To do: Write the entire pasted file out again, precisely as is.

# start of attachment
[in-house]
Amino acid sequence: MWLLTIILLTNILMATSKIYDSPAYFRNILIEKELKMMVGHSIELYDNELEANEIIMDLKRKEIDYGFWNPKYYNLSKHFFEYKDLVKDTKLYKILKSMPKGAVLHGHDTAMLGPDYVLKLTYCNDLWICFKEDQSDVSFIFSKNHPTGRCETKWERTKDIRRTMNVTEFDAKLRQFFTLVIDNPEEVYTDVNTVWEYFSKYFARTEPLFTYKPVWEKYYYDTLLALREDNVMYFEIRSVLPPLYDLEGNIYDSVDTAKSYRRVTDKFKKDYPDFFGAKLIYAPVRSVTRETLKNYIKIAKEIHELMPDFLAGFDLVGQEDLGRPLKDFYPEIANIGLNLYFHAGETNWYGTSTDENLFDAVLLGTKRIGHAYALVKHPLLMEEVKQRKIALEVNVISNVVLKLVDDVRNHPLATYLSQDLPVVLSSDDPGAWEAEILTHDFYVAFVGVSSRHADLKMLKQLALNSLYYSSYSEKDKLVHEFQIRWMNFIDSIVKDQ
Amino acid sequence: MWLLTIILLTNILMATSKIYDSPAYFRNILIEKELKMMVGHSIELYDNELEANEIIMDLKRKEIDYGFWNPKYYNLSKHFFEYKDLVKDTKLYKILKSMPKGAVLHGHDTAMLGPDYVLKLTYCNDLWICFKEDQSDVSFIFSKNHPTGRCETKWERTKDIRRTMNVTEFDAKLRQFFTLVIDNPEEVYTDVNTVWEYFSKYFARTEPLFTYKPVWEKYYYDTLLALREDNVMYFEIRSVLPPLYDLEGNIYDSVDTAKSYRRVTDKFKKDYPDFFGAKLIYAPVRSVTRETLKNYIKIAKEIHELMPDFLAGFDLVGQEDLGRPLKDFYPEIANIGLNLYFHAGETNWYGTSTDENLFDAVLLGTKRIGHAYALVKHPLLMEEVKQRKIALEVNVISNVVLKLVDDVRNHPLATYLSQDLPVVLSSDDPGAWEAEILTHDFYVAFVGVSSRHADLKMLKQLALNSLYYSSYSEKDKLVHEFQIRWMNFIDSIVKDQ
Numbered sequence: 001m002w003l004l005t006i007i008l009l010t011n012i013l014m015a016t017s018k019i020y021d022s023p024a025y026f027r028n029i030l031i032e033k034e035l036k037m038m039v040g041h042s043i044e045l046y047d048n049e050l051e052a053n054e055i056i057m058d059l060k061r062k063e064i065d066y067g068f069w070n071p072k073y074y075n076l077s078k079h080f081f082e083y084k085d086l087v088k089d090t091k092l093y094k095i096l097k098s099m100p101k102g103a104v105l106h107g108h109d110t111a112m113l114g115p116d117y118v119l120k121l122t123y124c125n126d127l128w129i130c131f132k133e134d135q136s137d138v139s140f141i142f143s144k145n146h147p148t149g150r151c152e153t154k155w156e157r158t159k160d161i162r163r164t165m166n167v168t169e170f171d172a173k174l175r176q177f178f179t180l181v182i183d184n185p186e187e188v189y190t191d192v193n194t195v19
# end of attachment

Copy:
[in-house]
Amino acid sequence: MWLLTIILLTNILMATSKIYDSPAYFRNILIEKELKMMVGHSIELYDNELEANEIIMDLKRKEIDYGFWNPKYYNLSKHFFEYKDLVKDTKLYKILKSMPKGAVLHGHDTAMLGPDYVLKLTYCNDLWICFKEDQSDVSFIFSKNHPTGRCETKWERTKDIRRTMNVTEFDAKLRQFFTLVIDNPEEVYTDVNTVWEYFSKYFARTEPLFTYKPVWEKYYYDTLLALREDNVMYFEIRSVLPPLYDLEGNIYDSVDTAKSYRRVTDKFKKDYPDFFGAKLIYAPVRSVTRETLKNYIKIAKEIHELMPDFLAGFDLVGQEDLGRPLKDFYPEIANIGLNLYFHAGETNWYGTSTDENLFDAVLLGTKRIGHAYALVKHPLLMEEVKQRKIALEVNVISNVVLKLVDDVRNHPLATYLSQDLPVVLSSDDPGAWEAEILTHDFYVAFVGVSSRHADLKMLKQLALNSLYYSSYSEKDKLVHEFQIRWMNFIDSIVKDQ
Amino acid sequence: MWLLTIILLTNILMATSKIYDSPAYFRNILIEKELKMMVGHSIELYDNELEANEIIMDLKRKEIDYGFWNPKYYNLSKHFFEYKDLVKDTKLYKILKSMPKGAVLHGHDTAMLGPDYVLKLTYCNDLWICFKEDQSDVSFIFSKNHPTGRCETKWERTKDIRRTMNVTEFDAKLRQFFTLVIDNPEEVYTDVNTVWEYFSKYFARTEPLFTYKPVWEKYYYDTLLALREDNVMYFEIRSVLPPLYDLEGNIYDSVDTAKSYRRVTDKFKKDYPDFFGAKLIYAPVRSVTRETLKNYIKIAKEIHELMPDFLAGFDLVGQEDLGRPLKDFYPEIANIGLNLYFHAGETNWYGTSTDENLFDAVLLGTKRIGHAYALVKHPLLMEEVKQRKIALEVNVISNVVLKLVDDVRNHPLATYLSQDLPVVLSSDDPGAWEAEILTHDFYVAFVGVSSRHADLKMLKQLALNSLYYSSYSEKDKLVHEFQIRWMNFIDSIVKDQ
Numbered sequence: 001m002w003l004l005t006i007i008l009l010t011n012i013l014m015a016t017s018k019i020y021d022s023p024a025y026f027r028n029i030l031i032e033k034e035l036k037m038m039v040g041h042s043i044e045l046y047d048n049e050l051e052a053n054e055i056i057m058d059l060k061r062k063e064i065d066y067g068f069w070n071p072k073y074y075n076l077s078k079h080f081f082e083y084k085d086l087v088k089d090t091k092l093y094k095i096l097k098s099m100p101k102g103a104v105l106h107g108h109d110t111a112m113l114g115p116d117y118v119l120k121l122t123y124c125n126d127l128w129i130c131f132k133e134d135q136s137d138v139s140f141i142f143s144k145n146h147p148t149g150r151c152e153t154k155w156e157r158t159k160d161i162r163r164t165m166n167v168t169e170f171d172a173k174l175r176q177f178f179t180l181v182i183d184n185p186e187e188v189y190t191d192v193n194t195v19